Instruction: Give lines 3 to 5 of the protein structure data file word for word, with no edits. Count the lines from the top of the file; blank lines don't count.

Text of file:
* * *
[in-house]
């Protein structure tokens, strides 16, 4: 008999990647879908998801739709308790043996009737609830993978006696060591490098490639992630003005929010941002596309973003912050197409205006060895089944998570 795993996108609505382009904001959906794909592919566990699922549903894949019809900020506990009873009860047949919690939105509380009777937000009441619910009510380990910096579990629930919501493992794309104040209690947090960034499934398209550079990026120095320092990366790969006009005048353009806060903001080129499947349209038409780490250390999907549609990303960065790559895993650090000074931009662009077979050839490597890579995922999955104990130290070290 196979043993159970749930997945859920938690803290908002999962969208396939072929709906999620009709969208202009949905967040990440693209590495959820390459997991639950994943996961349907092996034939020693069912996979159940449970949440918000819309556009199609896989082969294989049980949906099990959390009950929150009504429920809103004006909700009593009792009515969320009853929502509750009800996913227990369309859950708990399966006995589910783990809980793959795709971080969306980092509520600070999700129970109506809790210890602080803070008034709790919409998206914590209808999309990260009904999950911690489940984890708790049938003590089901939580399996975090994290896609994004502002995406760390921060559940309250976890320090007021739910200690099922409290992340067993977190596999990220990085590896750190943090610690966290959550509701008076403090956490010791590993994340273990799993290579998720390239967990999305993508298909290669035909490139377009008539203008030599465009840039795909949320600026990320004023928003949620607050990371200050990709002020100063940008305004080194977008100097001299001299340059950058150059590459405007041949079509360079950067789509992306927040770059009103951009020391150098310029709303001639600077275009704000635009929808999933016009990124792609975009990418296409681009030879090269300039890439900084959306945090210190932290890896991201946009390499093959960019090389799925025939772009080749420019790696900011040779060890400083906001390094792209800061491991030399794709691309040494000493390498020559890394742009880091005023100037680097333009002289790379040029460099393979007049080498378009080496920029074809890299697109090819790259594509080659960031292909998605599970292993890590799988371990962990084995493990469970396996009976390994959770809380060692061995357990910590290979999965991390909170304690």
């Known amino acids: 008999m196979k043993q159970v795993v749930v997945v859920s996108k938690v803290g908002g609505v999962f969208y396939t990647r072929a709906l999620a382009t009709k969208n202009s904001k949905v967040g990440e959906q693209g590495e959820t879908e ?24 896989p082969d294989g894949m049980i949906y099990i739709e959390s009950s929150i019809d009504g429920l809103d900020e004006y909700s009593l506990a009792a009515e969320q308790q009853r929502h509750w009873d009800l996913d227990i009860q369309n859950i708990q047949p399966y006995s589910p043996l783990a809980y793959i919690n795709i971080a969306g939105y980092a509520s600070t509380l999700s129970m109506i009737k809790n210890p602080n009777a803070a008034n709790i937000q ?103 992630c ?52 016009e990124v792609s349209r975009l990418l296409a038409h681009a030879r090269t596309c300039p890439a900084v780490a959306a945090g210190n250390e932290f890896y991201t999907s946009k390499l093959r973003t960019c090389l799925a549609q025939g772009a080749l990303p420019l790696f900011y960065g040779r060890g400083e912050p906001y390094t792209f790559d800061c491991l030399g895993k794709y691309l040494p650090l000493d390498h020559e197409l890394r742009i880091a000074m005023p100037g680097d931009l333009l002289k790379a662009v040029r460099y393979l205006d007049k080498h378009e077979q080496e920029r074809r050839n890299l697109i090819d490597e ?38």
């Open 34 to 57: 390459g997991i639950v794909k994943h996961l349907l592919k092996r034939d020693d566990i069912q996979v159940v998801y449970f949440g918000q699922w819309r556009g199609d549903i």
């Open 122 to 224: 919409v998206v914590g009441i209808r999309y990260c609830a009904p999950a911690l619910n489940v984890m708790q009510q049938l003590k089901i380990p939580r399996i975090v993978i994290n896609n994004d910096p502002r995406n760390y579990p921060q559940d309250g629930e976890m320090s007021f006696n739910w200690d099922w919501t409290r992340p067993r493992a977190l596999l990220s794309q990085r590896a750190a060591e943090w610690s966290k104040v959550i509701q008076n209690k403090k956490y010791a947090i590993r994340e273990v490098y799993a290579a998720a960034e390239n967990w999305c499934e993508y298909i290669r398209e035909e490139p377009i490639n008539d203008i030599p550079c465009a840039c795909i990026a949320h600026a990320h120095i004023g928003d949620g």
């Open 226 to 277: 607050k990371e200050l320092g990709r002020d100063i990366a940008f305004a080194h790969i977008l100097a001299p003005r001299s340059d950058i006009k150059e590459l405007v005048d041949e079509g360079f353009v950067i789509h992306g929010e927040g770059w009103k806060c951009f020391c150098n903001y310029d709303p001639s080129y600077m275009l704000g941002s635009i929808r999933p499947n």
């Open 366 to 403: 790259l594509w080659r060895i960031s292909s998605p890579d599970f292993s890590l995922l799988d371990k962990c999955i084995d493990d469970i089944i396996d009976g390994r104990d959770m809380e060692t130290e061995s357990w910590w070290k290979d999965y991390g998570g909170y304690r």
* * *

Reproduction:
């Known amino acids: 008999m196979k043993q159970v795993v749930v997945v859920s996108k938690v803290g908002g609505v999962f969208y396939t990647r072929a709906l999620a382009t009709k969208n202009s904001k949905v967040g990440e959906q693209g590495e959820t879908e ?24 896989p082969d294989g894949m049980i949906y099990i739709e959390s009950s929150i019809d009504g429920l809103d900020e004006y909700s009593l506990a009792a009515e969320q308790q009853r929502h509750w009873d009800l996913d227990i009860q369309n859950i708990q047949p399966y006995s589910p043996l783990a809980y793959i919690n795709i971080a969306g939105y980092a509520s600070t509380l999700s129970m109506i009737k809790n210890p602080n009777a803070a008034n709790i937000q ?103 992630c ?52 016009e990124v792609s349209r975009l990418l296409a038409h681009a030879r090269t596309c300039p890439a900084v780490a959306a945090g210190n250390e932290f890896y991201t999907s946009k390499l093959r973003t960019c090389l799925a549609q025939g772009a080749l990303p420019l790696f900011y960065g040779r060890g400083e912050p906001y390094t792209f790559d800061c491991l030399g895993k794709y691309l040494p650090l000493d390498h020559e197409l890394r742009i880091a000074m005023p100037g680097d931009l333009l002289k790379a662009v040029r460099y393979l205006d007049k080498h378009e077979q080496e920029r074809r050839n890299l697109i090819d490597e ?38």
């Open 34 to 57: 390459g997991i639950v794909k994943h996961l349907l592919k092996r034939d020693d566990i069912q996979v159940v998801y449970f949440g918000q699922w819309r556009g199609d549903i």
């Open 122 to 224: 919409v998206v914590g009441i209808r999309y990260c609830a009904p999950a911690l619910n489940v984890m708790q009510q049938l003590k089901i380990p939580r399996i975090v993978i994290n896609n994004d910096p502002r995406n760390y579990p921060q559940d309250g629930e976890m320090s007021f006696n739910w200690d099922w919501t409290r992340p067993r493992a977190l596999l990220s794309q990085r590896a750190a060591e943090w610690s966290k104040v959550i509701q008076n209690k403090k956490y010791a947090i590993r994340e273990v490098y799993a290579a998720a960034e390239n967990w999305c499934e993508y298909i290669r398209e035909e490139p377009i490639n008539d203008i030599p550079c465009a840039c795909i990026a949320h600026a990320h120095i004023g928003d949620g």